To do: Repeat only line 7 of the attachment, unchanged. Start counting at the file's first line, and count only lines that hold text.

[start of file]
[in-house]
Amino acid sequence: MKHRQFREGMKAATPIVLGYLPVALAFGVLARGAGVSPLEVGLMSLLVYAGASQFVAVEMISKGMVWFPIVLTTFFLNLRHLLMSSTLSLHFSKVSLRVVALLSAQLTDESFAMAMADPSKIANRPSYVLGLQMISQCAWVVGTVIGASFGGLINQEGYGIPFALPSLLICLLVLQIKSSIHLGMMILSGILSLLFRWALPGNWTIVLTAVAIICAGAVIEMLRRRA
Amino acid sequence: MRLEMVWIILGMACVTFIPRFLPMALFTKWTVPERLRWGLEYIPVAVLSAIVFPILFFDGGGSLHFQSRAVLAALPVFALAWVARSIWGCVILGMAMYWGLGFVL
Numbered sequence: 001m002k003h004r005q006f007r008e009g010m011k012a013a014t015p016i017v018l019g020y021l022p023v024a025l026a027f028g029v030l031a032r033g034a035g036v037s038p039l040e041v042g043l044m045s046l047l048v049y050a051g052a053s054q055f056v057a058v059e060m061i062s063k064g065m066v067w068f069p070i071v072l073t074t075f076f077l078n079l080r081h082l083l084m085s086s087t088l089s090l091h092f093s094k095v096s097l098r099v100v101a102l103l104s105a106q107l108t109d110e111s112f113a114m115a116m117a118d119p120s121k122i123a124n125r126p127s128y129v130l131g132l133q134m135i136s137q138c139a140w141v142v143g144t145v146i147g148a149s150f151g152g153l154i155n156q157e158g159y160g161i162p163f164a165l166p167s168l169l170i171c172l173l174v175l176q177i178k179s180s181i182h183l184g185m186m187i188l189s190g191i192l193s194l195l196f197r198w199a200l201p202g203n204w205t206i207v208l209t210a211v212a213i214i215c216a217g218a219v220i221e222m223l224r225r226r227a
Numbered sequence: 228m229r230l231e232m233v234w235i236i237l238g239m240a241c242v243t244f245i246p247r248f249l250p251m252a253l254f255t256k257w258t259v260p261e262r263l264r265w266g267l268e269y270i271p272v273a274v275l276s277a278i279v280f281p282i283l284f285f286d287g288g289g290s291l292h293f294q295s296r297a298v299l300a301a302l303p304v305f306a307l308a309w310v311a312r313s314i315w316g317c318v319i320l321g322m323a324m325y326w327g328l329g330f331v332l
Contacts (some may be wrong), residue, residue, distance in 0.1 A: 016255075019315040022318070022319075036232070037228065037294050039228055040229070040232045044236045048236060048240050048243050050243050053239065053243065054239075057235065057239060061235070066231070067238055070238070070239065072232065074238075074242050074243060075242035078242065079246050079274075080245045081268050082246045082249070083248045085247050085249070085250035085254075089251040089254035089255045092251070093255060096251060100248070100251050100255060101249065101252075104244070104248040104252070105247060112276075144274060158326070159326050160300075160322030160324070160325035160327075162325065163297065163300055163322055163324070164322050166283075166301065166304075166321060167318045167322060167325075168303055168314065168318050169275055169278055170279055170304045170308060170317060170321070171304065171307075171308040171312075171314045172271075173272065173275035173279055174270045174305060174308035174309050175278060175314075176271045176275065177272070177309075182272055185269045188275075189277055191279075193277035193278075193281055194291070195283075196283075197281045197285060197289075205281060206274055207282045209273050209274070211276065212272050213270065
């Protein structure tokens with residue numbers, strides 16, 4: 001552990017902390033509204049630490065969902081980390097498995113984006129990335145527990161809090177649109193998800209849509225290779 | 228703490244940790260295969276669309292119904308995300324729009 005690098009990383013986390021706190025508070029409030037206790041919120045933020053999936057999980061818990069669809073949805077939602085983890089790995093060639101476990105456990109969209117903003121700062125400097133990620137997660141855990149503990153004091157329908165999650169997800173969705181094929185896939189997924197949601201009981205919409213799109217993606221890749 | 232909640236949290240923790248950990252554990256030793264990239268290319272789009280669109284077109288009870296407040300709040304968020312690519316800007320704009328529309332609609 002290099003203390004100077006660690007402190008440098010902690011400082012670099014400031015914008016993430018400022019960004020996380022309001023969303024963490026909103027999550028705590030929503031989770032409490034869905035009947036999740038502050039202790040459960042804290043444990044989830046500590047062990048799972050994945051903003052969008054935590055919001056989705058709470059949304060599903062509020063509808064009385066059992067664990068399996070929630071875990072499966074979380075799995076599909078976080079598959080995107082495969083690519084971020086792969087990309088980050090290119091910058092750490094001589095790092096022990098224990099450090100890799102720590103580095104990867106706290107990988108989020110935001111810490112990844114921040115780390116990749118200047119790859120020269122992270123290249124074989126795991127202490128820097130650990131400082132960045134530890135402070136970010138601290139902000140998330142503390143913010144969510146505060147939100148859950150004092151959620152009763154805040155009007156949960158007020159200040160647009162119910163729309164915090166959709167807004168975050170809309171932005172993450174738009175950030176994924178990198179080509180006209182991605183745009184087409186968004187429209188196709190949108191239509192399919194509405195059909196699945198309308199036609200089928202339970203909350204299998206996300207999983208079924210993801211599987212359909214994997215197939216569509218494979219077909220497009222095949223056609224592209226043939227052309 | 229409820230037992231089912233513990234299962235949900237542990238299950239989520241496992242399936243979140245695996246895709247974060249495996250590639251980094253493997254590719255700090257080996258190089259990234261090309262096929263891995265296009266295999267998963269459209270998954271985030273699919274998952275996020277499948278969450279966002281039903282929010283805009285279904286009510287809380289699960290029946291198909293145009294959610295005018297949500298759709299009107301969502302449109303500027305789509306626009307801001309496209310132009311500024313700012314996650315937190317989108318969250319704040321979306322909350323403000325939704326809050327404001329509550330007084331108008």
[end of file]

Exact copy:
């Protein structure tokens with residue numbers, strides 16, 4: 001552990017902390033509204049630490065969902081980390097498995113984006129990335145527990161809090177649109193998800209849509225290779 | 228703490244940790260295969276669309292119904308995300324729009 005690098009990383013986390021706190025508070029409030037206790041919120045933020053999936057999980061818990069669809073949805077939602085983890089790995093060639101476990105456990109969209117903003121700062125400097133990620137997660141855990149503990153004091157329908165999650169997800173969705181094929185896939189997924197949601201009981205919409213799109217993606221890749 | 232909640236949290240923790248950990252554990256030793264990239268290319272789009280669109284077109288009870296407040300709040304968020312690519316800007320704009328529309332609609 002290099003203390004100077006660690007402190008440098010902690011400082012670099014400031015914008016993430018400022019960004020996380022309001023969303024963490026909103027999550028705590030929503031989770032409490034869905035009947036999740038502050039202790040459960042804290043444990044989830046500590047062990048799972050994945051903003052969008054935590055919001056989705058709470059949304060599903062509020063509808064009385066059992067664990068399996070929630071875990072499966074979380075799995076599909078976080079598959080995107082495969083690519084971020086792969087990309088980050090290119091910058092750490094001589095790092096022990098224990099450090100890799102720590103580095104990867106706290107990988108989020110935001111810490112990844114921040115780390116990749118200047119790859120020269122992270123290249124074989126795991127202490128820097130650990131400082132960045134530890135402070136970010138601290139902000140998330142503390143913010144969510146505060147939100148859950150004092151959620152009763154805040155009007156949960158007020159200040160647009162119910163729309164915090166959709167807004168975050170809309171932005172993450174738009175950030176994924178990198179080509180006209182991605183745009184087409186968004187429209188196709190949108191239509192399919194509405195059909196699945198309308199036609200089928202339970203909350204299998206996300207999983208079924210993801211599987212359909214994997215197939216569509218494979219077909220497009222095949223056609224592209226043939227052309 | 229409820230037992231089912233513990234299962235949900237542990238299950239989520241496992242399936243979140245695996246895709247974060249495996250590639251980094253493997254590719255700090257080996258190089259990234261090309262096929263891995265296009266295999267998963269459209270998954271985030273699919274998952275996020277499948278969450279966002281039903282929010283805009285279904286009510287809380289699960290029946291198909293145009294959610295005018297949500298759709299009107301969502302449109303500027305789509306626009307801001309496209310132009311500024313700012314996650315937190317989108318969250319704040321979306322909350323403000325939704326809050327404001329509550330007084331108008």